WASHINGTON (Reuters) - St. Louis Federal Reserve President James Bullard said on Friday the U.S. economic outlook is improving but rising energy prices could be a concern.
“For now things are looking better for the U.S. economy,” Bullard said in an interview with Business News Network in Vancouver.
Bullard said the Fed’s pledge to keep interest rates near zero until at least late 2014 could change if growth accelerates.
“The date would be pulled up sooner if the economy behaves better than expected, but the date could also be pushed off into the future if the economy was performing even more poorly than current forecasts,” he said.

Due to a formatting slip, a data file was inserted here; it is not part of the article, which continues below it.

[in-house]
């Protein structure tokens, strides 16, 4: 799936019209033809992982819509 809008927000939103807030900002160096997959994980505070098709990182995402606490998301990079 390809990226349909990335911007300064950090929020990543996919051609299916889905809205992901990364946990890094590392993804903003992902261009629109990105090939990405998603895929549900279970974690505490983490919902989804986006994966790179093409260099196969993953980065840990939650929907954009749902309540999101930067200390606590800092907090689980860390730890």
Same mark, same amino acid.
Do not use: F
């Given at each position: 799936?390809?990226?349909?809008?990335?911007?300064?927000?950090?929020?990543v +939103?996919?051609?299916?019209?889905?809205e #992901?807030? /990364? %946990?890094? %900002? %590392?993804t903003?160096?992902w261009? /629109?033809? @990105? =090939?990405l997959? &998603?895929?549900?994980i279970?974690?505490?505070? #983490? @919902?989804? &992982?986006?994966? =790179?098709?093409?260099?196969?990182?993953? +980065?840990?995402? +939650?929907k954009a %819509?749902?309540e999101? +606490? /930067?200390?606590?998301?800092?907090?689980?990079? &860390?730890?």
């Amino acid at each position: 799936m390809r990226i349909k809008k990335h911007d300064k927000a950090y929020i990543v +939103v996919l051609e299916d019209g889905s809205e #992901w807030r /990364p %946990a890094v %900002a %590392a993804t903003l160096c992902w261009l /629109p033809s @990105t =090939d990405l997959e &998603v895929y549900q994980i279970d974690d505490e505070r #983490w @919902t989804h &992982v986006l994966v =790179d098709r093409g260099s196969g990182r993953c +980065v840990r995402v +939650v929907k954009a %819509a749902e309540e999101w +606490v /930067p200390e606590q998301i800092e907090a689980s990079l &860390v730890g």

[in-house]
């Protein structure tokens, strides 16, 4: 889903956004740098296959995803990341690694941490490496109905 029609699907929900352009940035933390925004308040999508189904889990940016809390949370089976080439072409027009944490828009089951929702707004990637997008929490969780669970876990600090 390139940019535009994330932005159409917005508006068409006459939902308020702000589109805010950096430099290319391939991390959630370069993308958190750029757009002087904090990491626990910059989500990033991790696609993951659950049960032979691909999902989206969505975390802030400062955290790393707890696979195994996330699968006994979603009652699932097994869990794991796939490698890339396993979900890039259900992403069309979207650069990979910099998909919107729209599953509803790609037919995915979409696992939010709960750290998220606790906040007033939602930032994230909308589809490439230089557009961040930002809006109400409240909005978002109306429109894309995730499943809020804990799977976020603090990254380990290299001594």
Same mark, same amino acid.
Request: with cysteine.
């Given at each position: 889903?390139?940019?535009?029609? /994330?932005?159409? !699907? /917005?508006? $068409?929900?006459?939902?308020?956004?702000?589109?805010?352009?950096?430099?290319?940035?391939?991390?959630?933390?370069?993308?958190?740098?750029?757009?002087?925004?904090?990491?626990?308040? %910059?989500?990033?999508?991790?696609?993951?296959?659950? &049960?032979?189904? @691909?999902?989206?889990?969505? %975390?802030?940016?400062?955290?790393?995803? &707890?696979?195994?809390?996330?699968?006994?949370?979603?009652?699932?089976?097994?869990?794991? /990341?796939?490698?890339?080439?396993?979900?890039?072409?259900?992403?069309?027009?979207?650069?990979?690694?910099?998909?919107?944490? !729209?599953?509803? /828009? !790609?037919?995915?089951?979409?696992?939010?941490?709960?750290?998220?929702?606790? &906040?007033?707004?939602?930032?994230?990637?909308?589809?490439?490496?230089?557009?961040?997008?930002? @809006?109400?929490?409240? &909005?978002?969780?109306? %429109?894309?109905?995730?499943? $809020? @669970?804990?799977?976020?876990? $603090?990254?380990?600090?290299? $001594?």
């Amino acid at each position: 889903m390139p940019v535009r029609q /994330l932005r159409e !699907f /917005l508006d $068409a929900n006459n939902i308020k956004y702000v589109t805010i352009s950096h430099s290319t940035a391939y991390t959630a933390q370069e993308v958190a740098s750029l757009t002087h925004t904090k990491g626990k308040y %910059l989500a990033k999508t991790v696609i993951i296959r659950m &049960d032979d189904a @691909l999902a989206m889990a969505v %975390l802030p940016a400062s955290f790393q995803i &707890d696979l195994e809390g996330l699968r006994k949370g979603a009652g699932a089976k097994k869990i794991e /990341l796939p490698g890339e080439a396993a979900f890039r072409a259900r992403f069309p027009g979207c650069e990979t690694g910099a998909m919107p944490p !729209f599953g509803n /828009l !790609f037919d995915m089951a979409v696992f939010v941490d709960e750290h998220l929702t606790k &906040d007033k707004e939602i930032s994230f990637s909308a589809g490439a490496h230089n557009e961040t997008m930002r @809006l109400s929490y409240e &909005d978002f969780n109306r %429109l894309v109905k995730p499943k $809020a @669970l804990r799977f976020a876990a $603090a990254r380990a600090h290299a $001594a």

Higher energy costs are “always a risk for the U.S., which is very energy sensitive,” he said.
Bullard, who is not a voter on the Fed’s policy-setting panel this year, is viewed as a centrist on the spectrum of Fed views regarding how soon to raise rates.
Bullard said he expects a moderate economic expansion in 2012.
The Fed cut rates to near zero in December 2008 and has bought $2.3 trillion in bonds to spur faster growth. The central bank at its January meeting said the sluggish pace of growth means it probably won’t raise rates until the end of next year.
Reporting By Mark Felsenthal; Editing by Andrew Hay